As the doctor tried to put me under, he kept trying to talk about sports. I’m usually not in the mood for chit-chat when people are sticking tubes up my arm, no matter what the topic, but this definitely wasn’t a conversation I was interesting in having. I had been pretty sure this doctor was gay, but now I had my doubts. Not that there aren’t gay people who know about sports, but most of them wouldn’t use the topic as a go-to with another gay man. He was wondering what sporting events were going on right now that I might be able to watch on TV all weekend. He said it was too bad the playoffs were over (which playoffs? I have no idea), and that the US Open in golf was last weekend. I’m like, “If you’re going to talk about golf, you won’t need that anesthesia. Zzzzzzzz…” Then, in case there were any doubts about my persuasion, I mentioned Wimbledon was going on, and tennis is about the only sport I know anything about anyway. He said something about that old woman who’s playing and just won her match. I’m like, I get it! You’re straight! P.S. Her name is Martina Navratalova, and she lost in the second round. Then I guess the drugs took effect, because that’s all I remember.

Drew says that when they brought him in to see me after the operation, the first thing I said was that the nurse and I had just been discussing Shakespeare and Kierkegaard. I believe that was my first ever Kierkegaard joke. And this is without wisdom teeth. Score one for irony, and another for nitrous oxide.

Then we made a trip to the supermarket, which I don’t remember at all. I should always go to the supermarket when recovering from anesthesia, because I brought home nothing but good stuff. We bought ice cream, muffins and cookies, all of which I love, and pudding, which I hate. But the vanilla pudding has been extremely tasty. If you’ve just had oral surgery and you’re operating on painkillers, I suggest trying new things.

Okay, time to pop another pill and go back to blissful, psychedelic dreamland.

Goo Goo G’Joob!



If this weren’t the worst day of my life, I’d be so excited I could explode.

Tomorrow, like a zillion cool things are happening right in my very neighborhood. For starters, that new movie that Ray Bradbury’s so upset about is opening. Everyone who’s anyone will be blogging about it on Monday! As if that’s not enough, it turns out the last credibly-elected President of the United States is doing a book signing about a block away from my office — and right around my lunchtime! I haven’t had an opportunity to get this close to Democratic greatness since I saw Michael Dukakis at an Al Gore rally four years ago!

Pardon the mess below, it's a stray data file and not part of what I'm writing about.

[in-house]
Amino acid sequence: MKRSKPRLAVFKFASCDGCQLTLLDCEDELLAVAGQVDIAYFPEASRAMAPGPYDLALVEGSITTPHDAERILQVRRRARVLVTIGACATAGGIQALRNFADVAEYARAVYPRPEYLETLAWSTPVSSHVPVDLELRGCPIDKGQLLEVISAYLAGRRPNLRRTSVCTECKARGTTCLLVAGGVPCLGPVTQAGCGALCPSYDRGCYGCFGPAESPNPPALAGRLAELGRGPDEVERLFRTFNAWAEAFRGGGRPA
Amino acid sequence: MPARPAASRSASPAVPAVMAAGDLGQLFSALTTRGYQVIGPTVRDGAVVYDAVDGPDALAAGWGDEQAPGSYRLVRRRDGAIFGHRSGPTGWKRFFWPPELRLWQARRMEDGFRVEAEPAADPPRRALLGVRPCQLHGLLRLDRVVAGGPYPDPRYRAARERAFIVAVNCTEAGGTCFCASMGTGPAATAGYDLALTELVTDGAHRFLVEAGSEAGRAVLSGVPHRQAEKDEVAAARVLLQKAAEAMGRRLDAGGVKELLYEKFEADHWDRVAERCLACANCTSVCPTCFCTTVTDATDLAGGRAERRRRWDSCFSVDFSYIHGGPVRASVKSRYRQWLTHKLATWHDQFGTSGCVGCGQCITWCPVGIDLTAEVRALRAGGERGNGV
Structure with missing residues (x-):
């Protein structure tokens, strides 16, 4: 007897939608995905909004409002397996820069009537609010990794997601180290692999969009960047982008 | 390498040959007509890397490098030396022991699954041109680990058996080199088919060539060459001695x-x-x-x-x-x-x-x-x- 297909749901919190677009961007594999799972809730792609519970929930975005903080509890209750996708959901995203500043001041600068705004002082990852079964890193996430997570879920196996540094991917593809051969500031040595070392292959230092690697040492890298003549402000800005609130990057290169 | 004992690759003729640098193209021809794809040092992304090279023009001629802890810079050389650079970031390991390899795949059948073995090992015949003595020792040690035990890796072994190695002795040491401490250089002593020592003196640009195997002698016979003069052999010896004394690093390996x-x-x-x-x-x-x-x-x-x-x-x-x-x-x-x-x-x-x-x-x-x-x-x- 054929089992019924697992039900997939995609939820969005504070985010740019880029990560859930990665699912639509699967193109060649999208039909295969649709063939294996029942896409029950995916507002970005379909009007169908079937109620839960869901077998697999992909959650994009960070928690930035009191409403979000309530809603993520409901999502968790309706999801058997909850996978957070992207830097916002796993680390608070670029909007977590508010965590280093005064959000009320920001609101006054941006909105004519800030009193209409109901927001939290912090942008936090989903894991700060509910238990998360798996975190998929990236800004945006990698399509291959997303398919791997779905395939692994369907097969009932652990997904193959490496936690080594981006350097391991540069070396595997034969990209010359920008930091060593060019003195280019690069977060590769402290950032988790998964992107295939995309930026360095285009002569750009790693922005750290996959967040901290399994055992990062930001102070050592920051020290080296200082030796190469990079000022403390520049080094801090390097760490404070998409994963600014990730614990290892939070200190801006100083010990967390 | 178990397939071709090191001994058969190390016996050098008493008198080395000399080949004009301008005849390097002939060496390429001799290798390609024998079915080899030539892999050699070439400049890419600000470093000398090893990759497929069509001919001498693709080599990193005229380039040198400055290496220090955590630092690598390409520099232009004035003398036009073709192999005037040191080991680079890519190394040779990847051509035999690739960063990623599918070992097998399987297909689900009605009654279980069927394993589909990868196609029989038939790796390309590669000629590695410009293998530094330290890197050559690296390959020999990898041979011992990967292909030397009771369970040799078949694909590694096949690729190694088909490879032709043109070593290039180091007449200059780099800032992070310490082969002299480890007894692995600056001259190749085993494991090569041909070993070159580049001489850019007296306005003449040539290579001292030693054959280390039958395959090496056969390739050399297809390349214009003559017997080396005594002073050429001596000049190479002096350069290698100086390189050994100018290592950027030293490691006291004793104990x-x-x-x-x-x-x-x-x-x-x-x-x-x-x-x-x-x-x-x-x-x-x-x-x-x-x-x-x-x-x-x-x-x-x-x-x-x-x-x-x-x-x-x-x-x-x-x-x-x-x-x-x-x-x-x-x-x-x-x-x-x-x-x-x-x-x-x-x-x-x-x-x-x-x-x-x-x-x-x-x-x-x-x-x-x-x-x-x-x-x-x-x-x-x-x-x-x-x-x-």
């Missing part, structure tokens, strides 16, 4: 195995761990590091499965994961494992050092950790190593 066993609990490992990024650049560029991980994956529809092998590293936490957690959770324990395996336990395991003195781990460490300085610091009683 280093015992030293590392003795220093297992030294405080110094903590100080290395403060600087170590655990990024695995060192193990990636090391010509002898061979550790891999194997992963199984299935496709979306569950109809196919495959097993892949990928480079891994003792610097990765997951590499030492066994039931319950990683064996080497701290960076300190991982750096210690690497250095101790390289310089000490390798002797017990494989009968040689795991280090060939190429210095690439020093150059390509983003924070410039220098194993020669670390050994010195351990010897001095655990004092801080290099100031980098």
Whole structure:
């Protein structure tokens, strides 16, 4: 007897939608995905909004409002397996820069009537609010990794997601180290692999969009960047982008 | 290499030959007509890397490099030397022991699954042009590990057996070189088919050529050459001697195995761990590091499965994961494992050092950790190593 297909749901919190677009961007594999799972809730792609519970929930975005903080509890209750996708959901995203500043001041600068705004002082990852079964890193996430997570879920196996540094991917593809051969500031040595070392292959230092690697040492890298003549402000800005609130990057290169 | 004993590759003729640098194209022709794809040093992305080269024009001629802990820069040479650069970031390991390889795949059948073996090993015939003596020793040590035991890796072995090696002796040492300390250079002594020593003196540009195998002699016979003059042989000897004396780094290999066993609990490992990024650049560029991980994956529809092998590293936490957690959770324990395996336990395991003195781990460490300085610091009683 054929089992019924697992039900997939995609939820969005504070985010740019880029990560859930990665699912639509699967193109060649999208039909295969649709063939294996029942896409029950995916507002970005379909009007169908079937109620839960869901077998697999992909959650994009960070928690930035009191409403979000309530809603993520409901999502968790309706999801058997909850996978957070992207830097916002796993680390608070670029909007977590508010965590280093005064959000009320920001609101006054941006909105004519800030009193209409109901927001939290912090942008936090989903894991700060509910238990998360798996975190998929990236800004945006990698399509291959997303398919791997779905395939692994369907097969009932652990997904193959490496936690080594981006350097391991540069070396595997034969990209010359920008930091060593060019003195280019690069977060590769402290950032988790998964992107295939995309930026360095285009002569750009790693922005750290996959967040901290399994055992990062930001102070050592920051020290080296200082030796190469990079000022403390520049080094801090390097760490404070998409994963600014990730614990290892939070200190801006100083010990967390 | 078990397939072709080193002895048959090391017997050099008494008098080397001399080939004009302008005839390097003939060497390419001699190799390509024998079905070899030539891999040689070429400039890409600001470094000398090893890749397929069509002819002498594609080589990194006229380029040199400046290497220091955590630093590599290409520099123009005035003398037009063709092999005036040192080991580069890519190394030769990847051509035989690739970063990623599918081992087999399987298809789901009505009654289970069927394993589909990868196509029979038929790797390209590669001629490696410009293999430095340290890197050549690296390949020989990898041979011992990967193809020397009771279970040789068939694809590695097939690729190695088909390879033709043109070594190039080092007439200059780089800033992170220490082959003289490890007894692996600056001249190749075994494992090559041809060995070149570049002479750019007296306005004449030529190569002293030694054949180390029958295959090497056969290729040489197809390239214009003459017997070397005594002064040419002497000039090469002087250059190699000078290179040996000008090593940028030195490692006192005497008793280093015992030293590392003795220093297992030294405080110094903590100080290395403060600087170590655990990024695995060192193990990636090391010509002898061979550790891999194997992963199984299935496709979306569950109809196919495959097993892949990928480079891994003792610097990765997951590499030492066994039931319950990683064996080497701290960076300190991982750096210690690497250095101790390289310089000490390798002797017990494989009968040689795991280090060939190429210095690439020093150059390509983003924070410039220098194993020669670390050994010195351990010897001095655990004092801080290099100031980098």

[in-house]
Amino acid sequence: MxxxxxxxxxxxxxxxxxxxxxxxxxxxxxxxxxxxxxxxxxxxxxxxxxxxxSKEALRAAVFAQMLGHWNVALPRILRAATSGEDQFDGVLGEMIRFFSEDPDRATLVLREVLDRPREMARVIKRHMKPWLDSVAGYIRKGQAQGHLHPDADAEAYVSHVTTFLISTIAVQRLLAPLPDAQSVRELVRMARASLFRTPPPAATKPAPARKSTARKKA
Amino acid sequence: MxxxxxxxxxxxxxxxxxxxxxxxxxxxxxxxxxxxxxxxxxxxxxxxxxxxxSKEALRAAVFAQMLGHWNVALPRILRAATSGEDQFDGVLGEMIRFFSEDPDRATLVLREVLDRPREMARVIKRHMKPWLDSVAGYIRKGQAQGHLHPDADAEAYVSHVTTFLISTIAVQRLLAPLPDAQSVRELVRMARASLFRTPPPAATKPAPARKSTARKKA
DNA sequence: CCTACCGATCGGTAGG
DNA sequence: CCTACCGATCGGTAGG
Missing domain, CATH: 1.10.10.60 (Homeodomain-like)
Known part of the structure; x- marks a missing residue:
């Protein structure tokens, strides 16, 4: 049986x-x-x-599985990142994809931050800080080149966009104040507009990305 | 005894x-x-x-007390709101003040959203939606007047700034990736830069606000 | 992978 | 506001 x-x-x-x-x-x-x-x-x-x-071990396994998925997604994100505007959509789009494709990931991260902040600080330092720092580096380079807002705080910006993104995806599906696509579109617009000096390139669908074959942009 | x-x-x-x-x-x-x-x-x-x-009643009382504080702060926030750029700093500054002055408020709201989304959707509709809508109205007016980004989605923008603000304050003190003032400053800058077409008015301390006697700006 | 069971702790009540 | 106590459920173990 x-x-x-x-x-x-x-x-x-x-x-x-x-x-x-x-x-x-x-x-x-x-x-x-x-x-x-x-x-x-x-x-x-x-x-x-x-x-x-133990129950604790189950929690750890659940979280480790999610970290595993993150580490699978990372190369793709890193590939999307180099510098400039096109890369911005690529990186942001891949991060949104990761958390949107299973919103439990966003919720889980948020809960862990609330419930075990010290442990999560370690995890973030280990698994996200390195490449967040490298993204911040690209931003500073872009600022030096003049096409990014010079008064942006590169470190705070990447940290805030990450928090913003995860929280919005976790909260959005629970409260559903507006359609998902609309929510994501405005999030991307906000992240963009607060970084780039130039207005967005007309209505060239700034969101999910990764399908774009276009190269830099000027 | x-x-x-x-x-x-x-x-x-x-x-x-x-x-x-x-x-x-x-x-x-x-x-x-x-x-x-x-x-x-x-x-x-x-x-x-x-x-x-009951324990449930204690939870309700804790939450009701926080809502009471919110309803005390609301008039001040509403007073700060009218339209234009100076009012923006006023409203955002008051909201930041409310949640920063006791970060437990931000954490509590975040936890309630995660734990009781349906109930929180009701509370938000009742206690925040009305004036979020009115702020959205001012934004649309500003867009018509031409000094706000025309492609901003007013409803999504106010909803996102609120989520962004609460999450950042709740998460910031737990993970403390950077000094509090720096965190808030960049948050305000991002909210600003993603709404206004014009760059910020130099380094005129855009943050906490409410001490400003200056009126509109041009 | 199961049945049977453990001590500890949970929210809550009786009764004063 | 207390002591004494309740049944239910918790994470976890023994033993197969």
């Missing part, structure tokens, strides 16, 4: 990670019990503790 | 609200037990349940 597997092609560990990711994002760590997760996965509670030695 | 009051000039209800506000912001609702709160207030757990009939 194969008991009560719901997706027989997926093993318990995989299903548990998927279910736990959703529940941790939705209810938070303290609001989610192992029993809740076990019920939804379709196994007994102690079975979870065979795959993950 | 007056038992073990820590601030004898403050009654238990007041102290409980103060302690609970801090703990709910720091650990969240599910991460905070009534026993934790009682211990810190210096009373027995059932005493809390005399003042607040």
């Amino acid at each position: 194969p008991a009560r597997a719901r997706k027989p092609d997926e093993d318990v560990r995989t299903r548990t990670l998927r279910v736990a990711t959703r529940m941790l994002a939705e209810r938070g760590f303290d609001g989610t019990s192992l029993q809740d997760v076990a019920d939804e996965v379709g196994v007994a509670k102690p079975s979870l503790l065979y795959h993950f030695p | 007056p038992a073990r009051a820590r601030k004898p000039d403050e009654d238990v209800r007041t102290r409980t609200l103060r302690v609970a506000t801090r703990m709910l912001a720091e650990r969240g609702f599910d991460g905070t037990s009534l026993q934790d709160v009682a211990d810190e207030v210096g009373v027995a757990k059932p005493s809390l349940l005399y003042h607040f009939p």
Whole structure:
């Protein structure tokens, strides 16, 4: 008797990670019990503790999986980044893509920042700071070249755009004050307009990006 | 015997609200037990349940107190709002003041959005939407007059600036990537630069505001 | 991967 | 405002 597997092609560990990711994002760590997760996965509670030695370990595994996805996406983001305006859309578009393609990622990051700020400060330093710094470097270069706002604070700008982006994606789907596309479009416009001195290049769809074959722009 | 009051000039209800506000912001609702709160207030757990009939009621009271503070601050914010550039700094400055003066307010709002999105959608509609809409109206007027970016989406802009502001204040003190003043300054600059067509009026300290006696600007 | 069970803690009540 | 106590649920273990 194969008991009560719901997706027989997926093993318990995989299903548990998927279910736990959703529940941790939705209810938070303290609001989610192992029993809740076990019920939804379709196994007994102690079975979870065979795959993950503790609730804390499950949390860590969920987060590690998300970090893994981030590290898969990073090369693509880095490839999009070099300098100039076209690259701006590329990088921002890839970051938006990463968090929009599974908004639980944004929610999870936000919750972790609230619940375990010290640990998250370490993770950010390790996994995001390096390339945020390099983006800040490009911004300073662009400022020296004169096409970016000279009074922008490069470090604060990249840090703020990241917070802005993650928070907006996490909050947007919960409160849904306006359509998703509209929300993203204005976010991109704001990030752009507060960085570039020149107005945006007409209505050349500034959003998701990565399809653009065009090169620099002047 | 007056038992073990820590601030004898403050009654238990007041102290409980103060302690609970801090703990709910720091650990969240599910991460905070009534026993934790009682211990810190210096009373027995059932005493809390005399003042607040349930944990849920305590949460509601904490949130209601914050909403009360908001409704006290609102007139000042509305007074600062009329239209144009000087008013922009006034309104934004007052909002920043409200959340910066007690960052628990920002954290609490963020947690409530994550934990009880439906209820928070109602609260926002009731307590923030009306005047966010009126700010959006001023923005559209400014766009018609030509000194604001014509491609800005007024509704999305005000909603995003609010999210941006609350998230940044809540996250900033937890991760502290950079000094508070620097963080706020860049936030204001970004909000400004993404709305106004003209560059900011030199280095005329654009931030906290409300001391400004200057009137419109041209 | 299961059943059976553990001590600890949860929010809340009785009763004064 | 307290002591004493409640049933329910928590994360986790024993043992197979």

Wait, there’s more! As a publicity stunt for that other movie I can’t wait to see, MGM is holding a scavenger hunt, where the grand prize is a sleepover party for one lucky winner and five friends at the Four Seasons! It all happens tomorrow from 2-5pm, when participants will be lining up to pick up their instructions and a free camera to document their shenanigans at — get this — the MGM building, which is across the street from where I work! Sure, the competition is only open to girls aged 8-16, but if the trailer for “White Chicks” has taught me anything, it’s not to be so hung up on labels. With a little bit of latex and a trip to Hot Topic — voila, I’m Jenny Jo Johnson of Encino! “I’m, like, so excited for Sleepover, I had my Mom drive me all the way here from the Valley! God, like, stop it, Mom (i.e., Drew in a dress), you’re embarrassing me!”

The only problem is that I can’t do any of this, because while it’s all happening, I’ll be across town having my gums ripped open. And after that, I’ll be fumbling around my apartment in a painkiller-soused haze for pretty much the entire weekend, periodically replacing the gauze in my mouth and trying to keep pudding out of the sucking holes where my impacted wisdom teeth used to be. When, oh when, will I learn to schedule my oral surgeries around movie openings, presidential visits and sweepstakeses?

But all isn’t lost. According to the Simpsons, the Chinese use the same word for crisis and as they do for opportunity. And that led me to the perfect solution, which was so obvious all along I can’t believe I didn’t think of it sooner. If I can’t join the party, I’ll make the party come to me. That’s right…


We’ll stay up late, watch Buffy on DVD, talk about boys, and eat gobs and gobs of ice cream — which is about all I can eat! Doesn’t it sound like the best time ever?????

C’mon, guys! You don’t want to do any of that other stuff that all the cool kids’ll be doing. The real fun’s going to be at my place. Who’s in????



Of everything I’ve ever written about Drew, the thing he gives me the most shit for is the following statement, from a post I made over a year ago:

“Drew gossips a lot.”